Privacy’s next chapter: collaborating on a consumer-first mindset

Quantcast VP of Product, Somer Simpson, explains why and how the ad ecosystem must evolve to maintain a free and open internet.

mediaincanadaBy Somer Simpson, VP of Product, Quantcast

People tend to forget an essential truth about the internet: the content we so voraciously consume, and share is paid for by advertising.

While subscription-based business models exist, most people browse for content that interests them. We stumble on news sites that inform us, seek out hobbyist sites that entertain us, and visit platforms like Facebook that feed our social needs. As consumers, we are used to free content, not really thinking about our role in the value exchange. In actuality, by sharing our attention and data with brands, we support and fund those creators and publishers. And now this free access to content is under threat.

A free and open internet fuels me

I see the internet as the intersection of the freedom of speech and technology. I come from a journalism background: I ran an underground newspaper in high school, launched a music and arts magazine in college, went to photojournalism school, and built my newspaper’s first website in 1994. I also grew up loving technology: I started coding when I was 11 because there was something magical in how seemingly random letters and numbers could make things happen on a screen. Free and open access to news and information is in my blood and fuels me. I strongly believe access to information should not be limited to those who can pay directly for it. Being able to leverage technology to expand and protect the impact of journalism is why I wake up every morning and go to work.

We created the problem

But the free and open internet has been compromised. It’s partially our fault, the industry as a whole did not give consumer data rights the respect and attention they warranted. Technologies were built to be reliant on audiences, but did not fully recognize that consumer data rights and trust are at the center of it all. There was insufficient investment in the infrastructure to protect consumer data from hacks and breaches; the ecosystem lacked transparency and controls to prevent email and phone numbers from being sold to or shared with anyone who wanted them; and consumers were excluded from the conversation entirely.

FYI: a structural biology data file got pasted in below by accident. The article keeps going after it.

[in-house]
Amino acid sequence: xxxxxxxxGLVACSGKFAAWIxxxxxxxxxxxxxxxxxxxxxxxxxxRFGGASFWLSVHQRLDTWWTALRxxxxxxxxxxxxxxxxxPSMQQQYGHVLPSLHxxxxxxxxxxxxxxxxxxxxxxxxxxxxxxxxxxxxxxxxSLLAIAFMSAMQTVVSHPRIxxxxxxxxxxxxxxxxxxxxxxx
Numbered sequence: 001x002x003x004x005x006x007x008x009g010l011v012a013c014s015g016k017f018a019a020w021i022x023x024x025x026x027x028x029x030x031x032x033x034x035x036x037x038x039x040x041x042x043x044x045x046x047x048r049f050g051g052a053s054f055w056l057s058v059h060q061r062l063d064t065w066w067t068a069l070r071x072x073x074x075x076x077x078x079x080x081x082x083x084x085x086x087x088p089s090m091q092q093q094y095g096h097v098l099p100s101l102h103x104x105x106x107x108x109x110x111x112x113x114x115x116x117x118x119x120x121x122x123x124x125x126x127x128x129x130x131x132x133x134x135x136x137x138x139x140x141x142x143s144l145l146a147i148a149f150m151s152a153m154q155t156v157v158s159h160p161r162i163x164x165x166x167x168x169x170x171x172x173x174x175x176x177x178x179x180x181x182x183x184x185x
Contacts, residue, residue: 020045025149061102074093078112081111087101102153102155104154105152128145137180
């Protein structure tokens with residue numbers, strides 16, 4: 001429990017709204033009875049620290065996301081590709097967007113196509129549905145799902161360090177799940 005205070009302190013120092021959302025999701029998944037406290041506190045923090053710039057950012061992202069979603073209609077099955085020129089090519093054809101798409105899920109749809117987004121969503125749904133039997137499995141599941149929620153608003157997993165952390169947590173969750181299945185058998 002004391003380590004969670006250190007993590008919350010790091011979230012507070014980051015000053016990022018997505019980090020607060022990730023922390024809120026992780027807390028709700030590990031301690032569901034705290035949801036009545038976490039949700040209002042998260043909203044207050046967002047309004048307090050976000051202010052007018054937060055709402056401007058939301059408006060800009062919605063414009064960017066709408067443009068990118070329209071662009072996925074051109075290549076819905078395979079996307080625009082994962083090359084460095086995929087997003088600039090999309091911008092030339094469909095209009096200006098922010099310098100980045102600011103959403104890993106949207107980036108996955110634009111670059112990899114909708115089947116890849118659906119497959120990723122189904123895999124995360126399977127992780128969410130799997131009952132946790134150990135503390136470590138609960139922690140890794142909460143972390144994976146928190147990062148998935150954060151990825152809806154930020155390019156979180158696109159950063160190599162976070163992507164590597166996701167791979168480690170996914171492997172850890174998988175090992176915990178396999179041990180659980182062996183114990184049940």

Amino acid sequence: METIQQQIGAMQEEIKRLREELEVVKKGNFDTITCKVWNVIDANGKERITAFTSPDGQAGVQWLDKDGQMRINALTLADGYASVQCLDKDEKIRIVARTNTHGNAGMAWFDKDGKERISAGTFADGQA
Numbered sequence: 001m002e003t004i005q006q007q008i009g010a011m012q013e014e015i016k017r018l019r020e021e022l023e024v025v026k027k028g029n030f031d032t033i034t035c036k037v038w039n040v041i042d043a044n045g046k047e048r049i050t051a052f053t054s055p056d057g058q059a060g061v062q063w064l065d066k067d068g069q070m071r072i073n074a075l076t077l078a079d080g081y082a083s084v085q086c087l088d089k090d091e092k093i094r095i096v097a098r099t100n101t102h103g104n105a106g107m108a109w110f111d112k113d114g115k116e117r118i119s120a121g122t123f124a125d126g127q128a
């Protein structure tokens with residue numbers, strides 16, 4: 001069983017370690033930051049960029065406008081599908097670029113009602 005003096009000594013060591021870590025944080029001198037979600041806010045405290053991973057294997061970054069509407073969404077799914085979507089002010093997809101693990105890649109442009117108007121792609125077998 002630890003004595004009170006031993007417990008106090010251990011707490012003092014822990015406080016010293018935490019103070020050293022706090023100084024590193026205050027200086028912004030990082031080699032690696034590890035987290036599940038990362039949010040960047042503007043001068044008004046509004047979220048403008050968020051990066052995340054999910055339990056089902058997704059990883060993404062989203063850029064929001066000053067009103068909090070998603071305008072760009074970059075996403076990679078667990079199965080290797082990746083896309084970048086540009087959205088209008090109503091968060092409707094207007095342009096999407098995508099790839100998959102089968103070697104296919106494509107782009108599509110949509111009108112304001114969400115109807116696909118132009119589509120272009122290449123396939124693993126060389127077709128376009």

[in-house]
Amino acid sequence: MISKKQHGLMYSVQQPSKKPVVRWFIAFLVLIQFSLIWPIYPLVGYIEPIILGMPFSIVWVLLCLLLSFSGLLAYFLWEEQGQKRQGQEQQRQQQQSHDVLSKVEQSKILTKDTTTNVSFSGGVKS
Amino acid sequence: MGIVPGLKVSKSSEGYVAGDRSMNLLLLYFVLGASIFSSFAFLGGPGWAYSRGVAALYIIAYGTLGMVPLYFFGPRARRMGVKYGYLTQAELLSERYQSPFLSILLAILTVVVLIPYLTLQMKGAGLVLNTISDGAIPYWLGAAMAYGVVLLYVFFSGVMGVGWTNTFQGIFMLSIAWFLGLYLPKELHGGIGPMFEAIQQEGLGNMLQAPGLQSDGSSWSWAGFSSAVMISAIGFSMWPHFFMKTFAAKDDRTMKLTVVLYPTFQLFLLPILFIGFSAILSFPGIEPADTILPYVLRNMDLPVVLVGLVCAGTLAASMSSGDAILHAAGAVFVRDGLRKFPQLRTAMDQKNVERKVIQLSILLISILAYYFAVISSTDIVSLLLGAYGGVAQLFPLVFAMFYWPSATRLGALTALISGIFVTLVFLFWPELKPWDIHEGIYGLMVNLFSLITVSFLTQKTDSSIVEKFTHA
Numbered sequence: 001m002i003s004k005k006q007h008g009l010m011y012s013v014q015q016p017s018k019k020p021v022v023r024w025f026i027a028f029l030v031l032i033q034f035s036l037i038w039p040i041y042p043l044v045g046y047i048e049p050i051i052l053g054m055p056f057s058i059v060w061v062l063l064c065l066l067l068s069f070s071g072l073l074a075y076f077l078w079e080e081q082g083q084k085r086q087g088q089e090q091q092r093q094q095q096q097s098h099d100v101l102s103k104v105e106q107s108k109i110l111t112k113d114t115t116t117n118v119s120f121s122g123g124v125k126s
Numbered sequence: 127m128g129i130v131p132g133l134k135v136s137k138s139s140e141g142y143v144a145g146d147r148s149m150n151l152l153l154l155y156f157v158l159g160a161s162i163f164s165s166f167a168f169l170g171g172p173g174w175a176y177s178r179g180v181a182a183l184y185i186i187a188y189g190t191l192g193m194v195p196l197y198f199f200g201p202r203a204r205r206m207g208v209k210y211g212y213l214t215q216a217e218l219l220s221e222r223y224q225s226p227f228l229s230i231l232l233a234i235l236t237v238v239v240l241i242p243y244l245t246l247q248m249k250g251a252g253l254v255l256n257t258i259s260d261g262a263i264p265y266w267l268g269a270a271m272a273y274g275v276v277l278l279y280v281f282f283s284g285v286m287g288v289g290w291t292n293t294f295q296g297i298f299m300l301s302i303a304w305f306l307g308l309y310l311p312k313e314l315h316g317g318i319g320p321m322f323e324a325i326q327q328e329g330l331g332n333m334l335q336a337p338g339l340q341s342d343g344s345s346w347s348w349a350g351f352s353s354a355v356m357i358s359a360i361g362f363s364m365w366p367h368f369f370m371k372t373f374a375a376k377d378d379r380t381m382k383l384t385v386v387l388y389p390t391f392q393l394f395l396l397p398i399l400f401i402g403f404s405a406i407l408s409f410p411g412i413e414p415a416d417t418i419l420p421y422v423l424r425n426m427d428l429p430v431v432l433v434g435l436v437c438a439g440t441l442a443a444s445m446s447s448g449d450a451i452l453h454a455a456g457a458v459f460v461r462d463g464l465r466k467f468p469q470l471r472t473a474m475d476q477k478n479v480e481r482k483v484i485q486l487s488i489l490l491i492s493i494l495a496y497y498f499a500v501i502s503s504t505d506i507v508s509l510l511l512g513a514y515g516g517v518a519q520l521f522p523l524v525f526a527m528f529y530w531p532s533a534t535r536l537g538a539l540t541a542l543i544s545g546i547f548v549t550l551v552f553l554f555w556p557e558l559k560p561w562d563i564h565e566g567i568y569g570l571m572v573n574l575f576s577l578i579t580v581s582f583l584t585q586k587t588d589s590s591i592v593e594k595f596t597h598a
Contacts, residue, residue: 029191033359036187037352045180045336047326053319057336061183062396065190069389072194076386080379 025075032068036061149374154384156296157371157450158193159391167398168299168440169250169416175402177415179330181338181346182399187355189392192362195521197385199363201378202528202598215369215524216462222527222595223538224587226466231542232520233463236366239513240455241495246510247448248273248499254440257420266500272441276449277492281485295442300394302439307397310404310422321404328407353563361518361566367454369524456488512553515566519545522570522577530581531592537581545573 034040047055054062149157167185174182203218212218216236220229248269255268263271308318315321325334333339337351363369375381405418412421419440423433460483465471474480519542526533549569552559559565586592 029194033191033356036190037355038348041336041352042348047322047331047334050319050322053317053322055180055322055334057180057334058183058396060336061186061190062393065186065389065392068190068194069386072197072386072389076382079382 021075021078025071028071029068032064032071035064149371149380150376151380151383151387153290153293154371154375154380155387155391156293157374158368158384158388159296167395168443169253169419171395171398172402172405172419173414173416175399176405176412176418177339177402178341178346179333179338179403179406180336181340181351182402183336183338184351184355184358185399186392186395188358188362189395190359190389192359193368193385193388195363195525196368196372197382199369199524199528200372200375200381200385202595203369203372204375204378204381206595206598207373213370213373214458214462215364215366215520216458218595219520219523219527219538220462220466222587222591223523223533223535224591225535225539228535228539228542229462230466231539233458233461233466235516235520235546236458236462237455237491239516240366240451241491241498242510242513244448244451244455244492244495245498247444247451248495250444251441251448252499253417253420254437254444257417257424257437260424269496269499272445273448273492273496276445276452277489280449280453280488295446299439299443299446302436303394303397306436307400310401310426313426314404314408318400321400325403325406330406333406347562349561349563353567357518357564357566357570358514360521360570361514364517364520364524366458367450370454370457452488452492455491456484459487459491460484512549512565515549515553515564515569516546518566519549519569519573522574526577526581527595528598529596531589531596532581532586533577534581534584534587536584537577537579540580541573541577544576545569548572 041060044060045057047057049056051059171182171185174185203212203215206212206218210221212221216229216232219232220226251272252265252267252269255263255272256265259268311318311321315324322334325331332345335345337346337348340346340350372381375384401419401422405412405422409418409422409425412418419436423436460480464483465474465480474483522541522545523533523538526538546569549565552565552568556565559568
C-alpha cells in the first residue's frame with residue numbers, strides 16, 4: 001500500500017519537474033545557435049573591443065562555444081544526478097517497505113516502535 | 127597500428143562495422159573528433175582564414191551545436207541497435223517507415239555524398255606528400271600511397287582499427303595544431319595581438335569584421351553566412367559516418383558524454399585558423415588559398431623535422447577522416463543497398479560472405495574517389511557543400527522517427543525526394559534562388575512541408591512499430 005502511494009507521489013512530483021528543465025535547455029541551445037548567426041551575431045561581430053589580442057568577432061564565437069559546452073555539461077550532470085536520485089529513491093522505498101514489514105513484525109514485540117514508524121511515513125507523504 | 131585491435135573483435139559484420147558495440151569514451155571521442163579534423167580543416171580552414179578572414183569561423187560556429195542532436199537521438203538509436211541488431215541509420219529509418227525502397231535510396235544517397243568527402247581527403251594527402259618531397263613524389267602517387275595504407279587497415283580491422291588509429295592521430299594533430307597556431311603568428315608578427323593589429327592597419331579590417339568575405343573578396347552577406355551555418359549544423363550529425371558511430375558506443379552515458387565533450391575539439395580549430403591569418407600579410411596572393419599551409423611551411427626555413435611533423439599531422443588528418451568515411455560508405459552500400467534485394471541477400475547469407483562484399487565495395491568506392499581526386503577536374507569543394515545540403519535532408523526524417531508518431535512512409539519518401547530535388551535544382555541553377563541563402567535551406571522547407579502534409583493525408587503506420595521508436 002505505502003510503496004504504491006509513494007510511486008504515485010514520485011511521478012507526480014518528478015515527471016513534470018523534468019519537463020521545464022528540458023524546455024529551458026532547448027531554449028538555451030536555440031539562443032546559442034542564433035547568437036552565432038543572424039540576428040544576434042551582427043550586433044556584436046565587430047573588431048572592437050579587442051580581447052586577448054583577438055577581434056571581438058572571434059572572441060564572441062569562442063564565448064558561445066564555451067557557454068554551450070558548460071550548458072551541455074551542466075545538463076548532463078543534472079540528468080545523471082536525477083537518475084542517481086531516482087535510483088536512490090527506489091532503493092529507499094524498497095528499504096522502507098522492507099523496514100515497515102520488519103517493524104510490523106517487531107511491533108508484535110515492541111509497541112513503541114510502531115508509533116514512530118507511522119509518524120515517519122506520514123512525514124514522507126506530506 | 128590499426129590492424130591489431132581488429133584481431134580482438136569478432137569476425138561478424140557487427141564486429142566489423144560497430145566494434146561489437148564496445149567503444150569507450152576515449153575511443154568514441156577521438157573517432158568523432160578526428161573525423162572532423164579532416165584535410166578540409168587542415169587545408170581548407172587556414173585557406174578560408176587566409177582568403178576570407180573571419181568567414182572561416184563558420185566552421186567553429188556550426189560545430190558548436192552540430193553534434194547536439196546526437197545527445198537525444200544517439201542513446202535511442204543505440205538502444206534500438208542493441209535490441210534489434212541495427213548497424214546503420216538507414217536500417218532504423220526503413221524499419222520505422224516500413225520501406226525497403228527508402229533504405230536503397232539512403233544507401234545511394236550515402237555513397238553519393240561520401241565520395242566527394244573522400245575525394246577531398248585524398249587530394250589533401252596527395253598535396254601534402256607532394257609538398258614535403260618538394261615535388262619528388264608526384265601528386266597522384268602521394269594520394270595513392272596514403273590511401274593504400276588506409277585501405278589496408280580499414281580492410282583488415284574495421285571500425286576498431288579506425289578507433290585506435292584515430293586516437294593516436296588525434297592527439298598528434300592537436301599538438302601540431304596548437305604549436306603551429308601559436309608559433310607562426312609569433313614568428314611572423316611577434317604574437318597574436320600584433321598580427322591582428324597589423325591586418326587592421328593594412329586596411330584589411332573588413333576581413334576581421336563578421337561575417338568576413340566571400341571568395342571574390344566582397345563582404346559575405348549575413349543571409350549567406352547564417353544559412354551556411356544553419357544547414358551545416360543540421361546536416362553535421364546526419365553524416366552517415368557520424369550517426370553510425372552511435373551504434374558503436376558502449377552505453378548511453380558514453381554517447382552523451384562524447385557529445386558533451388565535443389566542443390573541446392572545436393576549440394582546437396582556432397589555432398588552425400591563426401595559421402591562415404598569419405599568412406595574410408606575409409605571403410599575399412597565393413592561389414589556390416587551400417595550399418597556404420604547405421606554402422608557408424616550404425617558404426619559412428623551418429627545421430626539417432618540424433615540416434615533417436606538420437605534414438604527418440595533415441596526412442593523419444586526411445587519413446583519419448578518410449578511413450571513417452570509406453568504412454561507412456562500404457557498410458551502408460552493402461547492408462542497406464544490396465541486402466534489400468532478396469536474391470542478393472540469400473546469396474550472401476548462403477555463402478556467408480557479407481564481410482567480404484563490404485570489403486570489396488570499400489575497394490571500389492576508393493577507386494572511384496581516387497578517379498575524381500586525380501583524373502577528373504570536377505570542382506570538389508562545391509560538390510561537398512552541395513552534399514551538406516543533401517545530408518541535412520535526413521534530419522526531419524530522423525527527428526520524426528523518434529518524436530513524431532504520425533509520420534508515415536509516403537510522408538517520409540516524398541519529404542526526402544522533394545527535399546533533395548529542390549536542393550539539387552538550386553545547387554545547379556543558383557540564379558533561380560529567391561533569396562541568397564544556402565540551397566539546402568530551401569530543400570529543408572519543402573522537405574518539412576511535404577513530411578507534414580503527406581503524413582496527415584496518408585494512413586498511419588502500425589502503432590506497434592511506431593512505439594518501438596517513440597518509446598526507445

Digital technology also facilitated consolidation of power to the few. The rise of tech giants, who bought up smaller ad tech players, has allowed them to define the rules. This concentration of power has resulted in some bad practices that are only now beginning to be addressed through government scrutiny and regulation.

Government intervention raises questions. Do you want people who aren’t particularly tech-savvy writing laws that control how tech works? Or do you want the people who built this ecosystem to fix it? Whatever the answer, things will not stay the same. We can see this as an opportunity to embrace positive change, this time putting consumers at the center.

Change is coming

The industry has already seen sweeping changes. On the browser side, in 2019 Apple released internet tracking protection (ITP) with more changes coming around IDFA. In the last few weeks, Google announced that once third-party cookies are phased out in 2022, it will not build alternate identifiers. We’ve also seen a flurry of regional privacy laws, including GDPR (General Data Protection Regulation) and CPRA (California Privacy Rights Act). We see countries like Brazil and Thailand taking the GDPR model and applying it to their own ecosystems; Canada and Australia are likely next.

For a long time, cookies made everything function the way we expected, not only for personalized advertising, but also for frequency control, attribution, and audience measurement. Without cookies, the thread that connects the ad ecosystem and its disparate network of players falls apart and new solutions must be found to protect publisher revenue.

Protecting consumer rights

Consumers have a right to data privacy, transparency, and control. The industry, therefore, needs to facilitate both ad revenues and consumer choice. By proactively calling on users to join the conversation and advocate for their online rights, we have the potential to build a stronger relationship with consumers and create a more enjoyable online experience.

At Quantcast, my product team is focused on this issue. We understand the digital ecosystem and ad tech. We’ve been publisher-focused and privacy-first since day one when we launched Quantcast Measure, and since we launched Quantcast Choice in 2018. We’ve spent the last few years concentrating on consumer privacy, the laws and regulations around it, and the needs and expectations of consumers.

Fighting for a worthwhile cause

We believe it’s worth fighting for a free and open internet. Enabling consumer data rights is more than just maintaining the status quo. We, as players in this tech ecosystem, need to figure out how to evolve in a deliberate and proactive way. To do so, we need to think consumer-first, consent-first.

Interested in hearing more? Quantcast is the creator of a new and innovative intelligent audience platform that empowers
brands, agencies and publishers to know and grow their audiences, reaching people in the right place, at the right moment. For more info visit our website or reach out to: